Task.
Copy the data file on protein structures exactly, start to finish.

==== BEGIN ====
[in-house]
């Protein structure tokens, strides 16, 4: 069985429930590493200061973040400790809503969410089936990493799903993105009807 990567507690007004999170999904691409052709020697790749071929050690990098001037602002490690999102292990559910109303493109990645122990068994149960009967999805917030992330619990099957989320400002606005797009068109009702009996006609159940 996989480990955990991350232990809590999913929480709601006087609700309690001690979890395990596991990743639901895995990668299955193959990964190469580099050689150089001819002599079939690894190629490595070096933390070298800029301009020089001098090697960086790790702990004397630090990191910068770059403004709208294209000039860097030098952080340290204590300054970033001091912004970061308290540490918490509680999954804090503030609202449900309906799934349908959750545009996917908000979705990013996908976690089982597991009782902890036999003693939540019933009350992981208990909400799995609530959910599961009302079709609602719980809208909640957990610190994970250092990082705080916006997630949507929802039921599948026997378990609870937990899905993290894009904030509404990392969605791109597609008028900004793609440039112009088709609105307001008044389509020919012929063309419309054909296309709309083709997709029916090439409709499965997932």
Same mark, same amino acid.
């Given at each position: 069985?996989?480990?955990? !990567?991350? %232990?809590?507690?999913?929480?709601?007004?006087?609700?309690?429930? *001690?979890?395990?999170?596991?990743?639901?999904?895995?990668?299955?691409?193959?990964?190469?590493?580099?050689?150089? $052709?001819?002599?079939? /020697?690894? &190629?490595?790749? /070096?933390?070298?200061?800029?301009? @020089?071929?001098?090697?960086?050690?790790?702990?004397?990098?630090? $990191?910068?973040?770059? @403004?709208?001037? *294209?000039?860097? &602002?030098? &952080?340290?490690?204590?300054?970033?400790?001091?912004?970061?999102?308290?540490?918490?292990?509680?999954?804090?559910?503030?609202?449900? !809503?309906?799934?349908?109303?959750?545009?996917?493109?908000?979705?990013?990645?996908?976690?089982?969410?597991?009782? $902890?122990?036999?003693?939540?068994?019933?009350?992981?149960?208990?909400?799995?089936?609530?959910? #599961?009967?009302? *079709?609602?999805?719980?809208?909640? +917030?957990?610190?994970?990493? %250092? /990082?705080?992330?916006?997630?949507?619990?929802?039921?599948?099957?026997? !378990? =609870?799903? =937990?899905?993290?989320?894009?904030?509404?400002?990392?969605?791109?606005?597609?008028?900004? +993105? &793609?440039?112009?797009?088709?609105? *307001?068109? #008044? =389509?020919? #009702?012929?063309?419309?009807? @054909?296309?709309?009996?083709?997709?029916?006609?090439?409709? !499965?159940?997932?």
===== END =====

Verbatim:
[in-house]
């Protein structure tokens, strides 16, 4: 069985429930590493200061973040400790809503969410089936990493799903993105009807 990567507690007004999170999904691409052709020697790749071929050690990098001037602002490690999102292990559910109303493109990645122990068994149960009967999805917030992330619990099957989320400002606005797009068109009702009996006609159940 996989480990955990991350232990809590999913929480709601006087609700309690001690979890395990596991990743639901895995990668299955193959990964190469580099050689150089001819002599079939690894190629490595070096933390070298800029301009020089001098090697960086790790702990004397630090990191910068770059403004709208294209000039860097030098952080340290204590300054970033001091912004970061308290540490918490509680999954804090503030609202449900309906799934349908959750545009996917908000979705990013996908976690089982597991009782902890036999003693939540019933009350992981208990909400799995609530959910599961009302079709609602719980809208909640957990610190994970250092990082705080916006997630949507929802039921599948026997378990609870937990899905993290894009904030509404990392969605791109597609008028900004793609440039112009088709609105307001008044389509020919012929063309419309054909296309709309083709997709029916090439409709499965997932």
Same mark, same amino acid.
């Given at each position: 069985?996989?480990?955990? !990567?991350? %232990?809590?507690?999913?929480?709601?007004?006087?609700?309690?429930? *001690?979890?395990?999170?596991?990743?639901?999904?895995?990668?299955?691409?193959?990964?190469?590493?580099?050689?150089? $052709?001819?002599?079939? /020697?690894? &190629?490595?790749? /070096?933390?070298?200061?800029?301009? @020089?071929?001098?090697?960086?050690?790790?702990?004397?990098?630090? $990191?910068?973040?770059? @403004?709208?001037? *294209?000039?860097? &602002?030098? &952080?340290?490690?204590?300054?970033?400790?001091?912004?970061?999102?308290?540490?918490?292990?509680?999954?804090?559910?503030?609202?449900? !809503?309906?799934?349908?109303?959750?545009?996917?493109?908000?979705?990013?990645?996908?976690?089982?969410?597991?009782? $902890?122990?036999?003693?939540?068994?019933?009350?992981?149960?208990?909400?799995?089936?609530?959910? #599961?009967?009302? *079709?609602?999805?719980?809208?909640? +917030?957990?610190?994970?990493? %250092? /990082?705080?992330?916006?997630?949507?619990?929802?039921?599948?099957?026997? !378990? =609870?799903? =937990?899905?993290?989320?894009?904030?509404?400002?990392?969605?791109?606005?597609?008028?900004? +993105? &793609?440039?112009?797009?088709?609105? *307001?068109? #008044? =389509?020919? #009702?012929?063309?419309?009807? @054909?296309?709309?009996?083709?997709?029916?006609?090439?409709? !499965?159940?997932?």